There’s a big difference between a smartphone and a TV. As developers increasingly look to the opportunities of TV, they will have to shift their focus from thinking about a personal experience to a communal one – and I can’t wait to see what they come up with.
The transition to a more ‘app-centric’ approach to TV seems inevitable – Google is courting TV-focused developers, Apple is said to be launching a TV SDK at WWDC next week, Opera and Samsung have TV app stores, and there are bound to be many more opportunities to get apps onto our TVs in the future. While startups well versed in desktop, mobile or Web app development may be tempted to make that leap to the largest screen in the house, developing for TV presents unique challenges that will require some serious thought.
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Unlike your smartphone, tablet or laptop, a TV is first and foremost a communal device. We like to huddle around it in groups of family or friends after a hard day’s work. That means that the apps we’re used to using on our other devices won’t necessarily translate to TV particularly easily.
I have a certain discomfort, for example, with the idea of my personal iCloud Photo Stream feeding into my Apple TV where anyone who’s watching can see it – the screenshots of apps and photos of speakers at conferences that populate it are intended for me (and perhaps you, dear reader), not for a communal audience to scroll through on a big screen in my house. Likewise, the idea of viewing the latest tweets from the people you follow on Twitter while watching a movie with your family seems unappealing.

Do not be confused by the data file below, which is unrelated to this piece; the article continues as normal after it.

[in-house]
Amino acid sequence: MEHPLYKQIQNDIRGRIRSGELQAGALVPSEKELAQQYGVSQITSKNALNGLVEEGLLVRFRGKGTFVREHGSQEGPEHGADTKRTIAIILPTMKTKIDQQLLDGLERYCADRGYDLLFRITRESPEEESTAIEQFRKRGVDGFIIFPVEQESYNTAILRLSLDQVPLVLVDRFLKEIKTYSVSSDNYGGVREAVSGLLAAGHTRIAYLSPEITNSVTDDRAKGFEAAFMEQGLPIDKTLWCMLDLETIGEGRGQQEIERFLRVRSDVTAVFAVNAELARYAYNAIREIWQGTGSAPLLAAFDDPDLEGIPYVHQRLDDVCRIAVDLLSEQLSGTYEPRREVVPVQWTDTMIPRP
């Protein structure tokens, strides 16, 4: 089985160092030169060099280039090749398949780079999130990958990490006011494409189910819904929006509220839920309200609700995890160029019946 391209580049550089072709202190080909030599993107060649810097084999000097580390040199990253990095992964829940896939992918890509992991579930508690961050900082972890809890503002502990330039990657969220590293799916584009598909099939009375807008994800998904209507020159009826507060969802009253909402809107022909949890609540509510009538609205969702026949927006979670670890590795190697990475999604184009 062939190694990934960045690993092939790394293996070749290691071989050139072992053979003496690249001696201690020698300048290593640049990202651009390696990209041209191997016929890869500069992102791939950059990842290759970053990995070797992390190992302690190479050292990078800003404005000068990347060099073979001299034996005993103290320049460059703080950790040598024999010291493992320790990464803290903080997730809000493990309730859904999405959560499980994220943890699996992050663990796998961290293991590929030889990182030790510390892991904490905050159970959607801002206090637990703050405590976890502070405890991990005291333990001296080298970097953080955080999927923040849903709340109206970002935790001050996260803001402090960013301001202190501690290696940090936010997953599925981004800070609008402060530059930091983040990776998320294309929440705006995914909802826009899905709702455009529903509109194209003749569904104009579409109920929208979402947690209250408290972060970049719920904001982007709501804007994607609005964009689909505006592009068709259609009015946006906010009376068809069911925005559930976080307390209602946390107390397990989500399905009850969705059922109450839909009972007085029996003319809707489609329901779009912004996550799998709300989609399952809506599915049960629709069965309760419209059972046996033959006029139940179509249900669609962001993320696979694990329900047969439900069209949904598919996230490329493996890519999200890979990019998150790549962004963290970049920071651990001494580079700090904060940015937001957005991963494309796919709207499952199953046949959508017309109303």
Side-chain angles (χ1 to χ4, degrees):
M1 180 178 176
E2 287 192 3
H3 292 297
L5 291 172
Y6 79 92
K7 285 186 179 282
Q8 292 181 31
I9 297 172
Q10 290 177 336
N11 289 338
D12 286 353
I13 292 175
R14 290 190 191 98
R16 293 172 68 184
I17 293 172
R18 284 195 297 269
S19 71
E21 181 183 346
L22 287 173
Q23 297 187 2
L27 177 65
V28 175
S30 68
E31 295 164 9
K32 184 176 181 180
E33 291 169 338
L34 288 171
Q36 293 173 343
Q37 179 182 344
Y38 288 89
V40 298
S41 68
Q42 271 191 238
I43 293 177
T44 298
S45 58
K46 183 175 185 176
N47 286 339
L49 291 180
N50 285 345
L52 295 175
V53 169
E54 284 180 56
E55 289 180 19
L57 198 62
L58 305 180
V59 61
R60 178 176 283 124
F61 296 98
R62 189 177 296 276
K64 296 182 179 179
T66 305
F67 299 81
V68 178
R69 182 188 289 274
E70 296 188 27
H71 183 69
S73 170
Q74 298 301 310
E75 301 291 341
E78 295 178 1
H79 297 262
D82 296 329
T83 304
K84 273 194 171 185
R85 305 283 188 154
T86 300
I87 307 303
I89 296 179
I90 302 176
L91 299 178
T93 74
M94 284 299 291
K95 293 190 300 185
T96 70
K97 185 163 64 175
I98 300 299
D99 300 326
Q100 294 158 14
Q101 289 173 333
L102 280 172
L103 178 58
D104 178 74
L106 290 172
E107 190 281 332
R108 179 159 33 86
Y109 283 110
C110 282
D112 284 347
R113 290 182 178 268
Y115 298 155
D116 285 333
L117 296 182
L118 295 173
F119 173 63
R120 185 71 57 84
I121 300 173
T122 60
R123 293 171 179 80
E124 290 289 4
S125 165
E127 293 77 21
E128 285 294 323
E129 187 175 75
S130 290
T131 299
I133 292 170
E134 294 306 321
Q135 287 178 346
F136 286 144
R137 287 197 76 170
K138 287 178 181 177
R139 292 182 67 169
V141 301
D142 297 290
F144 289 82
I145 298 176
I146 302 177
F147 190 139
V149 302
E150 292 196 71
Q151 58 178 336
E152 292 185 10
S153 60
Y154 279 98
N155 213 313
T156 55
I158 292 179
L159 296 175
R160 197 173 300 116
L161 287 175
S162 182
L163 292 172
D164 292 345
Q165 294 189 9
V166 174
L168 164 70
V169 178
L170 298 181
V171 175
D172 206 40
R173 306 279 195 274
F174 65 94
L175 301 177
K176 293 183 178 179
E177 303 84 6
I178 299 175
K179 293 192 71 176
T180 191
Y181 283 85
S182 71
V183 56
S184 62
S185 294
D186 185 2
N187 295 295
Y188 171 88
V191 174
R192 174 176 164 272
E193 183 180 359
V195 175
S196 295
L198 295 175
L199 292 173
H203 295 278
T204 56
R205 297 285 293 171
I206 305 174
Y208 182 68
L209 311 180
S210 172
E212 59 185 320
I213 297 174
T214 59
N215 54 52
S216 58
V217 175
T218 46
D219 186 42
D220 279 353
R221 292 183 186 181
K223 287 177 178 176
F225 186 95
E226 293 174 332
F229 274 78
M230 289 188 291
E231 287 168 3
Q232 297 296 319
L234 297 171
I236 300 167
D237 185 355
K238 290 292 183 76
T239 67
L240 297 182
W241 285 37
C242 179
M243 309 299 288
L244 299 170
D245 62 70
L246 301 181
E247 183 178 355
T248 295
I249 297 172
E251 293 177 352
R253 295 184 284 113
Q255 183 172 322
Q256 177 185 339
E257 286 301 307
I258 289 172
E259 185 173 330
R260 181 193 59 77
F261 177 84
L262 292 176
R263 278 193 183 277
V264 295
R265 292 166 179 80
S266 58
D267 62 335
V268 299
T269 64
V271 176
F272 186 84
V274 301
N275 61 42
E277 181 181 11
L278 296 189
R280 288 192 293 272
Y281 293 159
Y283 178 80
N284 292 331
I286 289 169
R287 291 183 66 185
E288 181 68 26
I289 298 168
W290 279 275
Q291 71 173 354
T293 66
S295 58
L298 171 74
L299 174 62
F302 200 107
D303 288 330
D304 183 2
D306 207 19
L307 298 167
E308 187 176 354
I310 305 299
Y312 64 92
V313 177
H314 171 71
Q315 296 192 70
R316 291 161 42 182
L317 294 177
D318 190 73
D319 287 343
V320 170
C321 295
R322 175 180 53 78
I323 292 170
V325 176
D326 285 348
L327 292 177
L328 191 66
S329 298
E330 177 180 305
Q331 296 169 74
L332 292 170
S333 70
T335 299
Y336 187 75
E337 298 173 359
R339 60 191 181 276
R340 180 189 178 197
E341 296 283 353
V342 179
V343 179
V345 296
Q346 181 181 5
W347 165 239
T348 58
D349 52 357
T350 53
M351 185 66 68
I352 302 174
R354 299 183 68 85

It seems logical that the big boys of the app world, from Twitter and Facebook to Evernote and Spotify will want to get onto our TVs, but while they’ve until now focused on offering personal experiences (your interests, your friends, your notes, your music), the challenge will be to rework their offerings into something that works on a big screen, in front of an audience. After all, you probably wouldn’t want to send Facebook messages to your friends in front of your family, and they’d probably find it a pretty dull experience, too.
Can we make the personal communal?
There are ways some of our favorite apps could be reworked for TV. A Twitter app that displays tweets from other people watching the same show as you could be fun, although arguably better served by a ‘second screen’ app like Zeebox, or simply your favorite mobile Twitter client. A ‘social TV guide’ that uses your Facebook friends’ tastes to recommend what you should watch (in the mould of iPad app Tweek) is an excellent app for use on a TV, especially if it can combine multiple people’s Facebook accounts to recommend something that everyone in the room will like.
The exciting thing is that there is a big opportunity for completely new apps and services the likes of which we’ve never seen before to conquer our TVs, designed from the ground up for communal use. What will they be? I’m not 100% sure, but it will be these apps that will sell the idea of apps on TV to the masses.
Whatever happens, a TV shouldn’t be just another computer – it’s primarily a communal device, and the most successful developers will be those who treat it as such.
Image credit: Pond 5